For no real reason - well, perhaps because of the seriousness under the trees or Nader's hair, which was very messy and covered in little grass seeds - Katie began to giggle. She knew it was wrong, yet it was also natural. She covered her mouth with both hands, but Nader was already pale with revulsion. He turned and marched away into unwanted sunlight, leaving her to wonder why bad things happened and why no good person prevented them.
Carla H. Krueger
I sit on my bed and think about Nader McMillan and wonder what I'm going to do. Ignore him. Stand up to him. Avoid him. Be 'tough.' I think of the stuff Dad has said over the years. How he finally gave up suggesting things. Why are you asking me this? I never figured out what to do about my own bullies. How am I supposed to know what to do with yours?
Katie began to draw in the secrecy of her room, in anger at first, using her mother's pencils and whatever paper she could find. Sometimes, she had to steal from Nader's study to replenish her supplies, but it was worth it. She was nothing but a scribbler to begin with - scrawled lines, misshapen monsters - but slowly, she found a style.
Carla H. Krueger
Ralph Nader choose the man with whom to share the responsibility of running a distant third, California activist Peter Camejo. You may remember that Camejo ran for president in 1976 on the Socialist Workers Party ticket. Actually, you might only remember that if you run a lesbian, vegetarian, bookstore.
At Car and Driver, we were convinced that the automobile, as we knew and loved it, was as dead as the passenger pigeon. Ralph Nader was at full cry, ringing his tocsin of automobile doom into the brains of the public, convincing them that the lump of chrome and iron in the driveway was as lethal as a dose of Strontium 90 or a blast from a Viet Cong AK-47.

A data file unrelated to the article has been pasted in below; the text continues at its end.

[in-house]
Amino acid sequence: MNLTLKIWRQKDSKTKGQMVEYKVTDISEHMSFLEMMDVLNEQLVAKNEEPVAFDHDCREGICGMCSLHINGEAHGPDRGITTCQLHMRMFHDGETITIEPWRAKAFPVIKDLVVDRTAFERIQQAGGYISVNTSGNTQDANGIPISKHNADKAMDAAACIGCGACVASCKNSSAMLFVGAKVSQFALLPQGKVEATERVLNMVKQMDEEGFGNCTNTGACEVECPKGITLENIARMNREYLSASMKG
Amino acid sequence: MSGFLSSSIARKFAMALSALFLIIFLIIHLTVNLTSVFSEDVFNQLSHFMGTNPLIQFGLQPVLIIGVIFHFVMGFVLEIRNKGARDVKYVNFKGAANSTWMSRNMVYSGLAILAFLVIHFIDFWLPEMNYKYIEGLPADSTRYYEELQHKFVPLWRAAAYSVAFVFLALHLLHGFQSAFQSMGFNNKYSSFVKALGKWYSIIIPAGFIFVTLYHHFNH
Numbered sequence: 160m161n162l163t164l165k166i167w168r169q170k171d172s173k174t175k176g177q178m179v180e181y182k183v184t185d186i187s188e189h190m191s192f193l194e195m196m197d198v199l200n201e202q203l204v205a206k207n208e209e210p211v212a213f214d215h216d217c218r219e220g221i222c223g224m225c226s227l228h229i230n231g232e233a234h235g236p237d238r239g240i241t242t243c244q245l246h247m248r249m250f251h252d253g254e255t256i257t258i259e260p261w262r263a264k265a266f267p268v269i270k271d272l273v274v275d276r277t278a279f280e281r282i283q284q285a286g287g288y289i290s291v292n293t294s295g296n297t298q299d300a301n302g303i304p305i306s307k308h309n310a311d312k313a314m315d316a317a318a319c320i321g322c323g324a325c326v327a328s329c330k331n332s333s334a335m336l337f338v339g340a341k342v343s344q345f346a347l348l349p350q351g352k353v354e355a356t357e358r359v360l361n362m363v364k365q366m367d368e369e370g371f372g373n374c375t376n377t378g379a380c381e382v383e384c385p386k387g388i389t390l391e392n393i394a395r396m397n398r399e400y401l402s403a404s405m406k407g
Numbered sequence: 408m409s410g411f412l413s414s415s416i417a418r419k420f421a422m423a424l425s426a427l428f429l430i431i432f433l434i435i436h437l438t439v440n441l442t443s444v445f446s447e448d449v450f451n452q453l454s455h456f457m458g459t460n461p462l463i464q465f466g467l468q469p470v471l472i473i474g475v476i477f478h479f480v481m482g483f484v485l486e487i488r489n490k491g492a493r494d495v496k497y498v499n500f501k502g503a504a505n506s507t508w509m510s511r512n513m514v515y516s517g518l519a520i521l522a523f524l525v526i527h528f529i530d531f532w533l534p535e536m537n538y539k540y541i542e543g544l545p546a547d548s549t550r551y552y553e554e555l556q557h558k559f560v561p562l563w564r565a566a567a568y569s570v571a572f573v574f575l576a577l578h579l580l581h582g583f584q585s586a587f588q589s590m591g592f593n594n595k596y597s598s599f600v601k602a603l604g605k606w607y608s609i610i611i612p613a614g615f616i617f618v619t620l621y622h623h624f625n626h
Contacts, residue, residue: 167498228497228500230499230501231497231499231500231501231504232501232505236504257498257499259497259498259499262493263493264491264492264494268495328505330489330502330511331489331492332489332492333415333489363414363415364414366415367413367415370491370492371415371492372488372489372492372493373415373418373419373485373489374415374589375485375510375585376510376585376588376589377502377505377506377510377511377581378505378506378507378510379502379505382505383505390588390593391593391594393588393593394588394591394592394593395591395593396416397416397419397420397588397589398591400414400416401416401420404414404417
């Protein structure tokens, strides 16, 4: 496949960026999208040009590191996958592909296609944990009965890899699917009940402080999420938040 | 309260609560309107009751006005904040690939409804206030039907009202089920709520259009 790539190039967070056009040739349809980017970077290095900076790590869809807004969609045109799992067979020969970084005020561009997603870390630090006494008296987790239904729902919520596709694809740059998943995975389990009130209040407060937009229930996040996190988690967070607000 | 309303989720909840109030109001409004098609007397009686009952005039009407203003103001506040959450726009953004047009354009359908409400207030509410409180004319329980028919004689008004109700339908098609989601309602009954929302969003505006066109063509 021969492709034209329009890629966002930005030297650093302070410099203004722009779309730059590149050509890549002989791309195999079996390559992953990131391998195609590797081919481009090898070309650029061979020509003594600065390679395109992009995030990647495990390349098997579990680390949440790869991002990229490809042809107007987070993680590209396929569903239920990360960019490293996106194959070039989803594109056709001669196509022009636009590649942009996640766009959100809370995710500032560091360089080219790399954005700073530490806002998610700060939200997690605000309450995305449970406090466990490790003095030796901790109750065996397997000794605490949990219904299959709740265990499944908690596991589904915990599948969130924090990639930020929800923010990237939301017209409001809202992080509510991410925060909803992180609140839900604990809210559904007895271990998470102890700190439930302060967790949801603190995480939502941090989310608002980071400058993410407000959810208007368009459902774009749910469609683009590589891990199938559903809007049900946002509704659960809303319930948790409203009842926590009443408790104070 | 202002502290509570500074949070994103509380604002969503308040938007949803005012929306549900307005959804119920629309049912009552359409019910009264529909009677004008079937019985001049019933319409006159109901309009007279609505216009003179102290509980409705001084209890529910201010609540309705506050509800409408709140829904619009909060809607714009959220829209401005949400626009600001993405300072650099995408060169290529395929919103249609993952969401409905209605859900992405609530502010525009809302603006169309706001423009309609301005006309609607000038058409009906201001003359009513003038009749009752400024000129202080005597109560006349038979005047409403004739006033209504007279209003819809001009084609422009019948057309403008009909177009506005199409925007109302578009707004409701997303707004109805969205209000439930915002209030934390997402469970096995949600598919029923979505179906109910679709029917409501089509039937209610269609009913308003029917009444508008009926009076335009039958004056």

Katie hated 'cutties' and her father's miserable mutterings of sunken military submarines. She preferred her mother's tales of her descendants - of legend farrago corn growers singing in shafts of golden sun, or of Rawhunt and Pocahontas making peace with strange coat-men - but Nader wouldn't allow them to indulge. He had strict rules about what Bea could tell 'her daughter'.
Carla H. Krueger
I feel genuinely sorry for those who are so blinded by narrow partisanship that they cannot appreciate Limbaugh's energy, intelligence and satiric skill. They live in a box with bags over their heads. Though he and I hardly agree on politics (I voted for Ralph Nader last year and may go Green again in 2004), I respect Limbaugh as a political analyst and deft rhetorician who is a master of the microphone and who knows how to engage and challenge a vast audience.
On May 7, a few weeks after the accident at Three-Mile Island, I was in Washington. I was there to refute some of that propaganda that Ralph Nader, Jane Fonda and their kind are spewing to the news media in their attempt to frighten people away from nuclear power. I am 71 years old, and I was working 20 hours a day. The strain was too much. The next day, I suffered a heart attack. You might say that I was the only one whose health was affected by that reactor near Harrisburg. No, that would be wrong. It was not the reactor. It was Jane Fonda. Reactors are not dangerous.
The IRS spends God knows how much of your tax money on these toll-free information hot lines staffed by IRS employees, whose idea of a dynamite tax tip is that you should print neatly. If you ask them a real tax question, such as how you can cheat, they're useless. So, for guidance, you want to look to big business. Big business never pays a nickel in taxes, according to Ralph Nader, who represents a big consumer organization that never pays a nickel in taxes. . . .
THE MANY FACES OF SURVIVAL Sunday, August 10th at 2:00 PST Dachau Liberator, medical whistle-blower, award winning writer, college professor and world renowned garlic farmer, Chester Aaron, talks about the hard choices he's had to make, why he made them, and how it's changed his life. Mr. Aaron was recognized by the National Endowment for the Arts, and received the Huntington Hartford Foundation fellowship which was chaired by Aldous Huxley and Tomas Mann. He also inspired Ralph Nader to expose the over-radiation of blacks in American hospitals. Now Mr. Aaron is a world-renowned garlic farmer who spends his days writing about the liberation of Dachau. He is 86 years old and he has a thousand stories to tell. Although he has published over 17 books, he is still writing more and looks forward to publishing again soon.